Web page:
Self-Publishing? Is It A Great Divide? Part 3 of 12

Welcome to all who are new, feel free to jump in. Comments here are always great they add to this blog so much, so thanks for your comments. Ah, the joys of writing and publishing.They both are great and both are challenging.

Another example: You’ve got the final draft, you’ve gotten an editor, and you’ve done all the marketing so that you can have the numbers should anyone ask. They are reasonable and it’s not a niche market, but a rather strong book. It has the potential to sell about 10,000 books. It’s a fiction book, and you’ve even managed some reviews already from published authors in that genre. Okay what do you do?

I’ll go through the usual list, or at least my version there of.

I wouldn’t go self-publishing. It wouldn’t work in this case. You could try it, but fiction, for some reason doesn’t sell well as self-published. I’m not sure why, possibly since it is a harder thing to sell. To me why make it worse? Christy gave a good point about Lighting Source, and I’ll look into that for tomorrow. If you’re wondering see yesterday’s two wonderful comments by Becky and Christy.

I’d look at small to mid sized publishers for fiction. Mostly midsized int his case as they would take positively to these types of runs for a first novel. The big thing I would do start on another book. No, really because it helps to have that second book forthcoming. Many publishers find it wonderful if you do it that way. Of course, it will still take time, and will go through more edits, and you’ll still have a ways to go.

I also wouldn’t look to the big publishing houses, as for a book of this size there wouldn’t be much of a push to get it to bookstores or other things. I’d worry about the lack of marketing, although I’m sure they could but it wouldn’t be to their best interest. They have larger more established authors, but one editor might push hard for you. Will you go for a might?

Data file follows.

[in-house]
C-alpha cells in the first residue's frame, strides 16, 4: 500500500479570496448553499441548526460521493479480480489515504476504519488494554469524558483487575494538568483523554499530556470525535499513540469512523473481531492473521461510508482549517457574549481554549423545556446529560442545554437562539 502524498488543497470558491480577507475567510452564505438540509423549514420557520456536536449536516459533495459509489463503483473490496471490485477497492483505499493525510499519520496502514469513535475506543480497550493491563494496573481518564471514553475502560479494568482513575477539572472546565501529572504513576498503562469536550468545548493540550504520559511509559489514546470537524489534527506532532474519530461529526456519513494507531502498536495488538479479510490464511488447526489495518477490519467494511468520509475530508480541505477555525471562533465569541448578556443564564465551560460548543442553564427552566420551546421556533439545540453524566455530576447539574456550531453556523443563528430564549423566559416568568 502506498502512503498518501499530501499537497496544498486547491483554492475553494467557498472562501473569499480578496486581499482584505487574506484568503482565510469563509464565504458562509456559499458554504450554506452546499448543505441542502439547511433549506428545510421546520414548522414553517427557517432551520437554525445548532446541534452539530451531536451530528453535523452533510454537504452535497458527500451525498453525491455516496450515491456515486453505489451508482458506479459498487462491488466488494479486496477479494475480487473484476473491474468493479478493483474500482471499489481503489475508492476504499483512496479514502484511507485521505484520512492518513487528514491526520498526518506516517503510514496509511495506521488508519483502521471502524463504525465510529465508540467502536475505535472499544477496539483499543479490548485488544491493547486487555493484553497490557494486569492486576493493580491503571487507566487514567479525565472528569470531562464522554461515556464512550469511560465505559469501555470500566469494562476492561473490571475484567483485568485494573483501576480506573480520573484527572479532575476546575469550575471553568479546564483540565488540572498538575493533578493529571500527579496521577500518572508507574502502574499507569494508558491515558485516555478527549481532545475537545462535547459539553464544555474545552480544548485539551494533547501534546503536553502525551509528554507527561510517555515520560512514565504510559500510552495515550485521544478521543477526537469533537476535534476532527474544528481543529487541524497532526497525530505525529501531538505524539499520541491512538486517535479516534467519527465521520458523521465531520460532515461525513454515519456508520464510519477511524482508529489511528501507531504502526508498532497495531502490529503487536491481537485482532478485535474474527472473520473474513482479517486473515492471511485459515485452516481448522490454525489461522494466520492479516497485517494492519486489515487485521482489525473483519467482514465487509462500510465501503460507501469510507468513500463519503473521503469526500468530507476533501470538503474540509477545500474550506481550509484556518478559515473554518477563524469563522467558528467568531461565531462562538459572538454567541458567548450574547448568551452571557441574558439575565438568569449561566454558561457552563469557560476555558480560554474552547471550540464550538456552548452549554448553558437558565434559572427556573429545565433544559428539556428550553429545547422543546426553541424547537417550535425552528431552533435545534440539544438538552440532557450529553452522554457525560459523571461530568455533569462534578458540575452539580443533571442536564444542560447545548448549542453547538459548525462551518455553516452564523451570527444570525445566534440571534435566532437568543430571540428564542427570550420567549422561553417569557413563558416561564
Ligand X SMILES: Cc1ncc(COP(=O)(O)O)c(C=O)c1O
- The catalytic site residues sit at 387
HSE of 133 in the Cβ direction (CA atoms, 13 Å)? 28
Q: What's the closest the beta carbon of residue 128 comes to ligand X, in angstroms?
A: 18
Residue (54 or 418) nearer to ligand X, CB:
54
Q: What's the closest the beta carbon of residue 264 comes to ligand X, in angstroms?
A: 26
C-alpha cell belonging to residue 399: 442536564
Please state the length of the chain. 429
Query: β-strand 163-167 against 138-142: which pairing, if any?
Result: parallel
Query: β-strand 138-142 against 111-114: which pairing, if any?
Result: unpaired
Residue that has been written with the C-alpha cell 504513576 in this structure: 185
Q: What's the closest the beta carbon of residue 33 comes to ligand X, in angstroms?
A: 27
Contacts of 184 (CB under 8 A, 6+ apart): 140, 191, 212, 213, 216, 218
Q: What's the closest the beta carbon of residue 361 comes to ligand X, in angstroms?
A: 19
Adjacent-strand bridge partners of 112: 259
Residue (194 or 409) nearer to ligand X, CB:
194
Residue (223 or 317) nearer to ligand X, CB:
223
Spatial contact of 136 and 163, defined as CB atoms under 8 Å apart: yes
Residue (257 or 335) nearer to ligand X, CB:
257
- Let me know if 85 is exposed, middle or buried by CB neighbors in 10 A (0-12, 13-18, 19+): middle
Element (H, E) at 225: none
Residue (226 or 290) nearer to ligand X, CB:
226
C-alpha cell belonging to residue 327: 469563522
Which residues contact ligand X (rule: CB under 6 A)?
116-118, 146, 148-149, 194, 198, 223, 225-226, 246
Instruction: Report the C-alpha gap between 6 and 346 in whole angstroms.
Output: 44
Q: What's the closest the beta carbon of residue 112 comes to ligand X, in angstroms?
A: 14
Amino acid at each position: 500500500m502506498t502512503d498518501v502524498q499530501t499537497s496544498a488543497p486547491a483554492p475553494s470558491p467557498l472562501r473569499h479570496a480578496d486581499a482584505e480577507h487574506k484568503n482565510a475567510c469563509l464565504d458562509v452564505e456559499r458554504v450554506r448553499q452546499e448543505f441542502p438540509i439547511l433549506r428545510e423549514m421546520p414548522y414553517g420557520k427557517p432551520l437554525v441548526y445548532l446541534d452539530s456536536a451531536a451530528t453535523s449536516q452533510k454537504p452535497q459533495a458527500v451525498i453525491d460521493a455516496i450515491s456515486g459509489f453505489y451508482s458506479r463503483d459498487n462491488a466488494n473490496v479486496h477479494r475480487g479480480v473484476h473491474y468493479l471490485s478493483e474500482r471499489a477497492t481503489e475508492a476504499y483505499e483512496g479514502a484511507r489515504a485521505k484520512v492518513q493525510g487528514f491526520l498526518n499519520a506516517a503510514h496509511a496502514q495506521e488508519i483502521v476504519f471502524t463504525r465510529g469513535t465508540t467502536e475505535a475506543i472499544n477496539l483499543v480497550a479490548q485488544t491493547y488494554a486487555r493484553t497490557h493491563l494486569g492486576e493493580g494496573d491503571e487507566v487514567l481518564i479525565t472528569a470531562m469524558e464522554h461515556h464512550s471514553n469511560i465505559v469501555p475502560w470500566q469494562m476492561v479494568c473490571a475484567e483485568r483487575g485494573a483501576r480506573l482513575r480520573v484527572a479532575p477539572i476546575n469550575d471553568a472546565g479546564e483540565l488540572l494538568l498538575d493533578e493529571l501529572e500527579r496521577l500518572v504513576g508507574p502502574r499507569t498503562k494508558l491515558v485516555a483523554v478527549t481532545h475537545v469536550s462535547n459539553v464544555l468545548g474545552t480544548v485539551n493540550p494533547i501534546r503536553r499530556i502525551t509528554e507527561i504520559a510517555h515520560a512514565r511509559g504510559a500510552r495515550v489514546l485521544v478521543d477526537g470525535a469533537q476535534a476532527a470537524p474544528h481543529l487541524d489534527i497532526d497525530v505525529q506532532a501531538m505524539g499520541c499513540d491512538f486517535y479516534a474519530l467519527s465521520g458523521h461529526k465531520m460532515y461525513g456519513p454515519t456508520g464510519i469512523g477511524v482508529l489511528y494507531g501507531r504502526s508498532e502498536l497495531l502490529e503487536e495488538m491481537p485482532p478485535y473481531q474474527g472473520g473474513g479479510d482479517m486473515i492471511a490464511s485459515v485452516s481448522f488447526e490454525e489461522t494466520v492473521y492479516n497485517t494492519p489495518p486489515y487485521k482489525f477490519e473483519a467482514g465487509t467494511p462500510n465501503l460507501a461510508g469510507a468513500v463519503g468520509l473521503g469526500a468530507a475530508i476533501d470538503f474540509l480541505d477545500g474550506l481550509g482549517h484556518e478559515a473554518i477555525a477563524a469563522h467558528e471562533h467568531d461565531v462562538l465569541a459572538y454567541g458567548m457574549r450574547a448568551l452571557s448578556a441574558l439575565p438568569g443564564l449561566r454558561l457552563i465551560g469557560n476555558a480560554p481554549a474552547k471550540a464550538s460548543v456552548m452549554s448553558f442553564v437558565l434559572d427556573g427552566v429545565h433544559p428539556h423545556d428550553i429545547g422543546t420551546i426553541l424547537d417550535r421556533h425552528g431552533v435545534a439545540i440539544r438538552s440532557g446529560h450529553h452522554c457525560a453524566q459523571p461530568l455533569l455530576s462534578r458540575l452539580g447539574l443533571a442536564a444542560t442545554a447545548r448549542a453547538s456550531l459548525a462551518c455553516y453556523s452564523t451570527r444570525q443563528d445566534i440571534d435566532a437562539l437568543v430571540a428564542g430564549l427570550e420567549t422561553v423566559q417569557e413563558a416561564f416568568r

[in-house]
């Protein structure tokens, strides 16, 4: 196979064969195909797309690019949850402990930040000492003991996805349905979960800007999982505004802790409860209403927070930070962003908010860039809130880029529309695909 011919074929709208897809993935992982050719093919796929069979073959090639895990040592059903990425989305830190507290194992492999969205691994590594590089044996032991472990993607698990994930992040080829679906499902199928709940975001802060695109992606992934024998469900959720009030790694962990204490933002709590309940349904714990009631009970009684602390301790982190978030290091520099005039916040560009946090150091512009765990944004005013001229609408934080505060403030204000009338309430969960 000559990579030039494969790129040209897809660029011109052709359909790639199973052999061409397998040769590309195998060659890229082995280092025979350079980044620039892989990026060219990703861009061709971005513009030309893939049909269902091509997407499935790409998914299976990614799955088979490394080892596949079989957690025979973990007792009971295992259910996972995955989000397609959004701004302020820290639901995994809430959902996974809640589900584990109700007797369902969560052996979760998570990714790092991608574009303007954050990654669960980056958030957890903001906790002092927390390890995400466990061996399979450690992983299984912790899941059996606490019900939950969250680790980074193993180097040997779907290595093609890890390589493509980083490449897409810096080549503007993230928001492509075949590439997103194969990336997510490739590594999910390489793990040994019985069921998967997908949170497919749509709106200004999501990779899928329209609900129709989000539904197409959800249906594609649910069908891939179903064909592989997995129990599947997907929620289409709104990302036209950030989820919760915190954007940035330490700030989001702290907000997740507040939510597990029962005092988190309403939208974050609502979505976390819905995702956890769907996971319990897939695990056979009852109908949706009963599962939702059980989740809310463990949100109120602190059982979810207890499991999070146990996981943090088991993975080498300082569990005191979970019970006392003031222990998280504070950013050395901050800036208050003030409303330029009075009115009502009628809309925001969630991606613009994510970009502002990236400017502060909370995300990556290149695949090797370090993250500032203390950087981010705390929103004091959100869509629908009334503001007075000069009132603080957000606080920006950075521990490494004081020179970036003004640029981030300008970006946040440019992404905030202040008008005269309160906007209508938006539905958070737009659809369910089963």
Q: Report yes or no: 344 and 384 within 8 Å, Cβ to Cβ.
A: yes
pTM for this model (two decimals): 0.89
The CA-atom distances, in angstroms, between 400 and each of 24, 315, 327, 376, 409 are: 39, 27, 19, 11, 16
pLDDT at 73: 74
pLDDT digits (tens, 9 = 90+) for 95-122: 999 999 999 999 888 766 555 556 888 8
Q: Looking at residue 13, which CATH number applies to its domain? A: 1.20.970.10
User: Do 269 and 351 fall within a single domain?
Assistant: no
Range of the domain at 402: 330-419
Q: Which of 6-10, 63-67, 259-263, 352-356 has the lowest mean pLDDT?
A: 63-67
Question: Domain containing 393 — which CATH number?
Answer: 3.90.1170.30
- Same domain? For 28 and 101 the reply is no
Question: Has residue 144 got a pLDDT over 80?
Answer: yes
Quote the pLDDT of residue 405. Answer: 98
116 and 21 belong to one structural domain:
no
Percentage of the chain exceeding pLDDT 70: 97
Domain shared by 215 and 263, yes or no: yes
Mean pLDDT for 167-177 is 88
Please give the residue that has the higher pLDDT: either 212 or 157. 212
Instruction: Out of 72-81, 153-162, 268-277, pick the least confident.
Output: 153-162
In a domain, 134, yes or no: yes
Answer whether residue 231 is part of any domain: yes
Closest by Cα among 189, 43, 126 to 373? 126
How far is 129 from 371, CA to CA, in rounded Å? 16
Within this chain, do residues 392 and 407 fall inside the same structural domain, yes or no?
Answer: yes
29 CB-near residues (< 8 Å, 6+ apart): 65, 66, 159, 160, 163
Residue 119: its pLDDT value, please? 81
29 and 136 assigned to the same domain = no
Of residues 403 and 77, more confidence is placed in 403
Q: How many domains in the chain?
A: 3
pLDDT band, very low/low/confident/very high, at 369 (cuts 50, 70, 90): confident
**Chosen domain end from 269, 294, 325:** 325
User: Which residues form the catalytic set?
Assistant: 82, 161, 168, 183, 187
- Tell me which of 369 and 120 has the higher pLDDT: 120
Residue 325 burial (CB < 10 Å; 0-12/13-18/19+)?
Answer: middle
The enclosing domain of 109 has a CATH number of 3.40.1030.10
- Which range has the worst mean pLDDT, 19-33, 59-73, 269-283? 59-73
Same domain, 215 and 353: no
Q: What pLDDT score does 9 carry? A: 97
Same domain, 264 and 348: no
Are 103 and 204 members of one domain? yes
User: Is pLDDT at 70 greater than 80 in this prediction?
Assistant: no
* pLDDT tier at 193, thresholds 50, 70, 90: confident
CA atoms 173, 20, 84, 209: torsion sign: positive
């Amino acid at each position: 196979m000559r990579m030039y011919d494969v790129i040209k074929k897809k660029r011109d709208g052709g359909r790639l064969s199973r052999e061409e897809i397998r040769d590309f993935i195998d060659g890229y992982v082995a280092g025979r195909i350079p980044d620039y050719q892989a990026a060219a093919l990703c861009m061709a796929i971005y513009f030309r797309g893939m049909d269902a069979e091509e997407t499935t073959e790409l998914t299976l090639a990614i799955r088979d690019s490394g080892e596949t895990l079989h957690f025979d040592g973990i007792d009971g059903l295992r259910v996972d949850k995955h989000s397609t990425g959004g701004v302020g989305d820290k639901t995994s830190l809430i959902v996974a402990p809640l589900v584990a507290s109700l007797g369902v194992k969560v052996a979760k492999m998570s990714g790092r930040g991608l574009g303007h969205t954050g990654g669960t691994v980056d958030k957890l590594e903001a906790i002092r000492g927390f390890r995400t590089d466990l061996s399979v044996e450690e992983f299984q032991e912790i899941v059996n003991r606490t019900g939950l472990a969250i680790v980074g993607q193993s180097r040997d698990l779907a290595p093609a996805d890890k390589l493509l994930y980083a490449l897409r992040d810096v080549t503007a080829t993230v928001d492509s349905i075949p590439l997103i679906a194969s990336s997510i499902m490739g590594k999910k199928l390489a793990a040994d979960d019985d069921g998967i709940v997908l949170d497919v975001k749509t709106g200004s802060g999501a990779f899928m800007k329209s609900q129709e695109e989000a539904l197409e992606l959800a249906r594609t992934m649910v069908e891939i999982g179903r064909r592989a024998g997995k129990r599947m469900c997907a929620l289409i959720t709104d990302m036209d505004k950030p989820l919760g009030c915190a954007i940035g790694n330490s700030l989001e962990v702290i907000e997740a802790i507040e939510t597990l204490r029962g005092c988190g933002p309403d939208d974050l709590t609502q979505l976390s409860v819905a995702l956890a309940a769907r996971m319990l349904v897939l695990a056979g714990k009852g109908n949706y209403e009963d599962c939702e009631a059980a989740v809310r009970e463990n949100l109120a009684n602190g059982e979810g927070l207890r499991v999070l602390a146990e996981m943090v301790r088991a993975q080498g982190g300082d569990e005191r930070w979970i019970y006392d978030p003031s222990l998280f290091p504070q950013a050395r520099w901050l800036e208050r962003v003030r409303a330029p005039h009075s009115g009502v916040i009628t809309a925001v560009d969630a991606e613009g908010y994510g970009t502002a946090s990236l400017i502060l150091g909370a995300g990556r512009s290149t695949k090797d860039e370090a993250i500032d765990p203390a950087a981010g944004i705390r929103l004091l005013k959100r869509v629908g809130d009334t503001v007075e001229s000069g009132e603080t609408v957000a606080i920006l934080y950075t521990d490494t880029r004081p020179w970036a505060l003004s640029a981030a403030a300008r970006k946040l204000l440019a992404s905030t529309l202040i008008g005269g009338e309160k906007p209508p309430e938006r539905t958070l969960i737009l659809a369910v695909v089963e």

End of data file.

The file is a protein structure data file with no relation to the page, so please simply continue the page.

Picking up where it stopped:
Of course, you should dream big, but where will your dreams take you? Will there be a touch of dreaming along your writing or will reality bring you down.

I think in this case should you dream to big, then reality will come crashing down, but if you maintain a realistic point of view you will be alright. There is still one way I will never go through, and that is the big vanity press when you can do it yourself, why get someone else to do that?

This is one of those things, publishing takes time and energy and more thought than what we want to believe. The manuscript needs to be perfect. I wouldn’t suggest to anyone to sabotage their work by not having a good editor and great editing before you work with getting a publisher.

My Question for today is this: When you read the above example, what would you do? Do you think that a midsized publisher is the right way to go? What are your feelings on self-publishing does it fit with your views?

One Comment

  • Becky

    First I need to say it is possible to succeed with self-published fiction. Sure it's hard and it's not common. But it does happen – especially for niche fiction.

    However I agree that for the most part aiming your fiction at a traditional publisher of the right genre and size is the course of wisdom. It's all about researching the right publishers.

    I'd say there's really only four reasons to be self-publishing fiction.

    1) You can't sell it to a publisher, but you still have real faith in its strength. If this is the case the first thing to do is admit you might be biased and get an unbiased opinion. If you have blurbs from published authors etc you already do. Though getting an editor to look at it is probably wise.

    2) It's a web, blog or podcast fiction – publishers won't want it because it's prepublished but online readers may well pay for a printed and fully edited copy. If you can get enough pre-orders to cover your initial costs it may well work.

    3)You've written a non-standard length work. A novella say. I can only think of a couple of novella publishers off the top of my head and I wouldn't touch either of them with a barge pole. They aren't vanity publishers, but ugly, over-priced books won't sell.

    4) You're crazy (at least in the eyes of most people) and want to self-publish for the same reason some people climb Everest – because you can and precisely because it is hard.

    And don't think I'm saying number four in order to belittle people who do it because they can. As long as they research what they're doing and make their book marketable they have a reasonable chance of making their investment back at least. I sometimes toy with the idea of doing this, because I am exactly this kind of crazy. It's really no different than any kind of gambling.

    Anyway that was slightly incoherent but I hope I expressed my points correctly.